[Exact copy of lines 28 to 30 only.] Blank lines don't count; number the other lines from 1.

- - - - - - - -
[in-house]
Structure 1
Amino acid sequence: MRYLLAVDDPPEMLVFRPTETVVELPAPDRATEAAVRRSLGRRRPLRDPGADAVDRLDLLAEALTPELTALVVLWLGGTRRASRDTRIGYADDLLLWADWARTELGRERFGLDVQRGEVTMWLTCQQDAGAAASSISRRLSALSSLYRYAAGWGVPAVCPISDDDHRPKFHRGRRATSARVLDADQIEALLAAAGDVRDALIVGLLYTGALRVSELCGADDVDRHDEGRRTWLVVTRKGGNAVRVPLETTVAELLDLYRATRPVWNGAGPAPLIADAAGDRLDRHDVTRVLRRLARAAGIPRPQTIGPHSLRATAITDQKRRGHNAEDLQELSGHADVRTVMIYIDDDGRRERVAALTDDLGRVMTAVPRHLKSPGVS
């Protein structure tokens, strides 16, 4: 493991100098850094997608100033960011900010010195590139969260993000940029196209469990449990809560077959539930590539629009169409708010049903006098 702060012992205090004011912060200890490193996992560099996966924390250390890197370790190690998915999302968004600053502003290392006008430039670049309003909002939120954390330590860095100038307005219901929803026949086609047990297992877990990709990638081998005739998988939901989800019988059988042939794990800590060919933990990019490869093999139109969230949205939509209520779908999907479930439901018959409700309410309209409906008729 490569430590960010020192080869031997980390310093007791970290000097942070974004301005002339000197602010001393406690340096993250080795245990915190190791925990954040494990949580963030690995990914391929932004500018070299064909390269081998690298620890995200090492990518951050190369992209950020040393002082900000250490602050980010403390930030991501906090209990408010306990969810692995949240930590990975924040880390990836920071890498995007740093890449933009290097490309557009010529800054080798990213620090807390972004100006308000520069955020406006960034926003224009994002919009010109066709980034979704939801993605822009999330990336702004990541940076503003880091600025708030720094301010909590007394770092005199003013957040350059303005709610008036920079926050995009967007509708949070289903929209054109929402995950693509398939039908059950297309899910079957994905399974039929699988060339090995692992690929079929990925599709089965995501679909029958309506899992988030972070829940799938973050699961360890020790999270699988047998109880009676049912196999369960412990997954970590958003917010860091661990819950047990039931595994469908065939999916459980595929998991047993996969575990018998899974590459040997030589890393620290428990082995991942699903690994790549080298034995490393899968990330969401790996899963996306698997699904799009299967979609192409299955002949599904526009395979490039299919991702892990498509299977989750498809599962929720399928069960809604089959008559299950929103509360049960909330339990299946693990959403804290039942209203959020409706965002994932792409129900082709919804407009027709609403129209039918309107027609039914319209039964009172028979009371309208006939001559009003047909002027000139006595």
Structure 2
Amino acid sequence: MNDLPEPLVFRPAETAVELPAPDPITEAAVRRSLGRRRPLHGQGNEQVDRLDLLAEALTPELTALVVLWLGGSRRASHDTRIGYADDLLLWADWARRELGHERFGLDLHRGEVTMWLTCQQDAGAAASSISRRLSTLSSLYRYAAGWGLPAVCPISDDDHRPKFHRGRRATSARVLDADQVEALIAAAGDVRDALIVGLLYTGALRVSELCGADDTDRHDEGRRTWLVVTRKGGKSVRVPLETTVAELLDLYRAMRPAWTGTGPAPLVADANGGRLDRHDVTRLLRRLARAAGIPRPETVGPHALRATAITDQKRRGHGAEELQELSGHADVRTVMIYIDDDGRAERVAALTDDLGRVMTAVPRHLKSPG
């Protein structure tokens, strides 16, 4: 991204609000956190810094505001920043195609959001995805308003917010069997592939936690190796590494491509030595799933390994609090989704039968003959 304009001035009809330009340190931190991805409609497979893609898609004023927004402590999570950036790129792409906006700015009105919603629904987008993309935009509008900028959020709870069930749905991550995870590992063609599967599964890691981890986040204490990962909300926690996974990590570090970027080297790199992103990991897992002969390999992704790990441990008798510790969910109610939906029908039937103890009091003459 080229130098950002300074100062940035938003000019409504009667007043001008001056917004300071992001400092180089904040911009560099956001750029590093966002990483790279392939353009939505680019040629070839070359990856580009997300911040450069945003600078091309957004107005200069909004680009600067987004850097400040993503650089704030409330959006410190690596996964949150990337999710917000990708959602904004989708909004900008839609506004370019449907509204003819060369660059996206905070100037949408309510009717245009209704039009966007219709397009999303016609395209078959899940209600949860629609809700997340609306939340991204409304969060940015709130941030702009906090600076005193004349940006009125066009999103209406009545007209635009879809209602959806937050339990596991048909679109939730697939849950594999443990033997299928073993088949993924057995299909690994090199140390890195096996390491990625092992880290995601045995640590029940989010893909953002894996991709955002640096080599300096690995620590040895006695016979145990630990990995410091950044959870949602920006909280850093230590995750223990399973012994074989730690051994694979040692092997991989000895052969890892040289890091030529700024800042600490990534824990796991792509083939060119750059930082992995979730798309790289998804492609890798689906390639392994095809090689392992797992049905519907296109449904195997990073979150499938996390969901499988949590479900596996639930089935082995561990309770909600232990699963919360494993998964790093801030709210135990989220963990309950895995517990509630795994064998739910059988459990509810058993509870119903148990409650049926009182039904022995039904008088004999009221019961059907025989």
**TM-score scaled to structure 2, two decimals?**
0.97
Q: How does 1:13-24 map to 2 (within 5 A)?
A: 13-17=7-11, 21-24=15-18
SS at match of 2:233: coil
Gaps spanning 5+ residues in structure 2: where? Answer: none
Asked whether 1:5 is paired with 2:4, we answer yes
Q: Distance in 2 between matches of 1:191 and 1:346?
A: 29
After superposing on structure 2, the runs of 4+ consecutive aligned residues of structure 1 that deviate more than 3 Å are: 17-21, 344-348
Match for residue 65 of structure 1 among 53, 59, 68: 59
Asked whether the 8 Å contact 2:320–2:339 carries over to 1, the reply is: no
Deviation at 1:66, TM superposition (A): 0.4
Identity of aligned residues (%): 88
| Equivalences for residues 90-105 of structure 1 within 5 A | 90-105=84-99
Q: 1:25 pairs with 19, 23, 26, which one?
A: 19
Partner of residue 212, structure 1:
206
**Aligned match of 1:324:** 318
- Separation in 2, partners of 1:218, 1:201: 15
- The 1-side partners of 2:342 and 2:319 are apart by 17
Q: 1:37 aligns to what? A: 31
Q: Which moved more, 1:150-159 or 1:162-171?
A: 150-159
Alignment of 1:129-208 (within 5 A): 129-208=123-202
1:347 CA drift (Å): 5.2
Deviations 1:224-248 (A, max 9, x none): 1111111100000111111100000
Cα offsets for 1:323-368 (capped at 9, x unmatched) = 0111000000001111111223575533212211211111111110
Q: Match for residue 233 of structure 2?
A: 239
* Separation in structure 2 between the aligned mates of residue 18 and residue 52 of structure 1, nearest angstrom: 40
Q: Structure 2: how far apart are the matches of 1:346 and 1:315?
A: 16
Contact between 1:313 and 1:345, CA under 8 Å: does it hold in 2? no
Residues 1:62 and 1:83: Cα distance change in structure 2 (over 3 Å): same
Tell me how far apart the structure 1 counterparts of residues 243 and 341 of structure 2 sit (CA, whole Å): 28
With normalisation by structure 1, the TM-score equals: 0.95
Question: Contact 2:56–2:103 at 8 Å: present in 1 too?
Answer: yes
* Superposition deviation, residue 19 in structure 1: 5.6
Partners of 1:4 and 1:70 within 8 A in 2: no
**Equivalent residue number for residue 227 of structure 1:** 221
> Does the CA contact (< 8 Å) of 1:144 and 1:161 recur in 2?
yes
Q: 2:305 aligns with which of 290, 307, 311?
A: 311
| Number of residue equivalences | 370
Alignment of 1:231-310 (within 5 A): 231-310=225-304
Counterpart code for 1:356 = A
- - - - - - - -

- Separation in 2, partners of 1:218, 1:201: 15
- The 1-side partners of 2:342 and 2:319 are apart by 17
Q: 1:37 aligns to what? A: 31